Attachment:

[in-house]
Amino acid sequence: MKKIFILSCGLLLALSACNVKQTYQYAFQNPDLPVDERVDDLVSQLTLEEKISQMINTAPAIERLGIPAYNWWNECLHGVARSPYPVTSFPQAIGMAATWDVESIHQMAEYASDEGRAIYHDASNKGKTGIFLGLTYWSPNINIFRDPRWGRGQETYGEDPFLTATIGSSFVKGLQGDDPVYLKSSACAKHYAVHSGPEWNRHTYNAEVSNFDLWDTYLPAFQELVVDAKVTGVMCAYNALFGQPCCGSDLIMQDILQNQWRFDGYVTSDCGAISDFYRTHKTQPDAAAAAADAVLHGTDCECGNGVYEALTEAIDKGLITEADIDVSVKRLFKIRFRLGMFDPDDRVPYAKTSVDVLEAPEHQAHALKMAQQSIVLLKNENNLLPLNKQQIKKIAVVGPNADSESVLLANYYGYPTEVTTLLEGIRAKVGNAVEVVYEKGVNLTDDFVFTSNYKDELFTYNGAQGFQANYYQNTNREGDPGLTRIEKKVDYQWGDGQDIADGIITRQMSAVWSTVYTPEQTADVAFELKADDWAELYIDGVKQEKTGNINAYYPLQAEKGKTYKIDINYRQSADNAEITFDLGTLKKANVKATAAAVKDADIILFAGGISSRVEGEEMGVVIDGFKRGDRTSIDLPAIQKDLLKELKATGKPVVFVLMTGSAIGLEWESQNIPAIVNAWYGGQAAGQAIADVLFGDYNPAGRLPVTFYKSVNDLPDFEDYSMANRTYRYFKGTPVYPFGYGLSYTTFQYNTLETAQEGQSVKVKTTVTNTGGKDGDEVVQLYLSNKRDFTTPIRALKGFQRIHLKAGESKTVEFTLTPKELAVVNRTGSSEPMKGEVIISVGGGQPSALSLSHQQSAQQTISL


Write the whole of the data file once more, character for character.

[in-house]
Amino acid sequence: MKKIFILSCGLLLALSACNVKQTYQYAFQNPDLPVDERVDDLVSQLTLEEKISQMINTAPAIERLGIPAYNWWNECLHGVARSPYPVTSFPQAIGMAATWDVESIHQMAEYASDEGRAIYHDASNKGKTGIFLGLTYWSPNINIFRDPRWGRGQETYGEDPFLTATIGSSFVKGLQGDDPVYLKSSACAKHYAVHSGPEWNRHTYNAEVSNFDLWDTYLPAFQELVVDAKVTGVMCAYNALFGQPCCGSDLIMQDILQNQWRFDGYVTSDCGAISDFYRTHKTQPDAAAAAADAVLHGTDCECGNGVYEALTEAIDKGLITEADIDVSVKRLFKIRFRLGMFDPDDRVPYAKTSVDVLEAPEHQAHALKMAQQSIVLLKNENNLLPLNKQQIKKIAVVGPNADSESVLLANYYGYPTEVTTLLEGIRAKVGNAVEVVYEKGVNLTDDFVFTSNYKDELFTYNGAQGFQANYYQNTNREGDPGLTRIEKKVDYQWGDGQDIADGIITRQMSAVWSTVYTPEQTADVAFELKADDWAELYIDGVKQEKTGNINAYYPLQAEKGKTYKIDINYRQSADNAEITFDLGTLKKANVKATAAAVKDADIILFAGGISSRVEGEEMGVVIDGFKRGDRTSIDLPAIQKDLLKELKATGKPVVFVLMTGSAIGLEWESQNIPAIVNAWYGGQAAGQAIADVLFGDYNPAGRLPVTFYKSVNDLPDFEDYSMANRTYRYFKGTPVYPFGYGLSYTTFQYNTLETAQEGQSVKVKTTVTNTGGKDGDEVVQLYLSNKRDFTTPIRALKGFQRIHLKAGESKTVEFTLTPKELAVVNRTGSSEPMKGEVIISVGGGQPSALSLSHQQSAQQTISL